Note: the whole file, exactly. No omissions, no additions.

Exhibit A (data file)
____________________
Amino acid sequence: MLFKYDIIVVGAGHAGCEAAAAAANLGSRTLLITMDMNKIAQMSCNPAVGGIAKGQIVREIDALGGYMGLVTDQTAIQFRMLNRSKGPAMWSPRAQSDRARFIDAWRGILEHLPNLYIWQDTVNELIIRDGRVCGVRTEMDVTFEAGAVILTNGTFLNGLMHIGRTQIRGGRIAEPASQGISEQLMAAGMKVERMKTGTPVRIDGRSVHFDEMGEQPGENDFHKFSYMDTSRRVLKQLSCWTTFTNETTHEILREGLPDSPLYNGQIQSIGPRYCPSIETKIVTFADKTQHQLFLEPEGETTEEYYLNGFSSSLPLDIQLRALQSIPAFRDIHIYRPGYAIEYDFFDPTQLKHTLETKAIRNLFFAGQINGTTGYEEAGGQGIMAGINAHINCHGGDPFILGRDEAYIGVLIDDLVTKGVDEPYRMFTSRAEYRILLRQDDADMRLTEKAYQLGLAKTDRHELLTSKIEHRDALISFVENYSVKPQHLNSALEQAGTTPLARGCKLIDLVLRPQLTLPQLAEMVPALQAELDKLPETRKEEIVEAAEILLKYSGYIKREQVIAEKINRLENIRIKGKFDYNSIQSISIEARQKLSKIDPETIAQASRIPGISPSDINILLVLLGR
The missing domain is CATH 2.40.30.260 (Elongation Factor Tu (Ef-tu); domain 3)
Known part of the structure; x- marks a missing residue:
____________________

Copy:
Amino acid sequence: MLFKYDIIVVGAGHAGCEAAAAAANLGSRTLLITMDMNKIAQMSCNPAVGGIAKGQIVREIDALGGYMGLVTDQTAIQFRMLNRSKGPAMWSPRAQSDRARFIDAWRGILEHLPNLYIWQDTVNELIIRDGRVCGVRTEMDVTFEAGAVILTNGTFLNGLMHIGRTQIRGGRIAEPASQGISEQLMAAGMKVERMKTGTPVRIDGRSVHFDEMGEQPGENDFHKFSYMDTSRRVLKQLSCWTTFTNETTHEILREGLPDSPLYNGQIQSIGPRYCPSIETKIVTFADKTQHQLFLEPEGETTEEYYLNGFSSSLPLDIQLRALQSIPAFRDIHIYRPGYAIEYDFFDPTQLKHTLETKAIRNLFFAGQINGTTGYEEAGGQGIMAGINAHINCHGGDPFILGRDEAYIGVLIDDLVTKGVDEPYRMFTSRAEYRILLRQDDADMRLTEKAYQLGLAKTDRHELLTSKIEHRDALISFVENYSVKPQHLNSALEQAGTTPLARGCKLIDLVLRPQLTLPQLAEMVPALQAELDKLPETRKEEIVEAAEILLKYSGYIKREQVIAEKINRLENIRIKGKFDYNSIQSISIEARQKLSKIDPETIAQASRIPGISPSDINILLVLLGR
The missing domain is CATH 2.40.30.260 (Elongation Factor Tu (Ef-tu); domain 3)
Known part of the structure; x- marks a missing residue: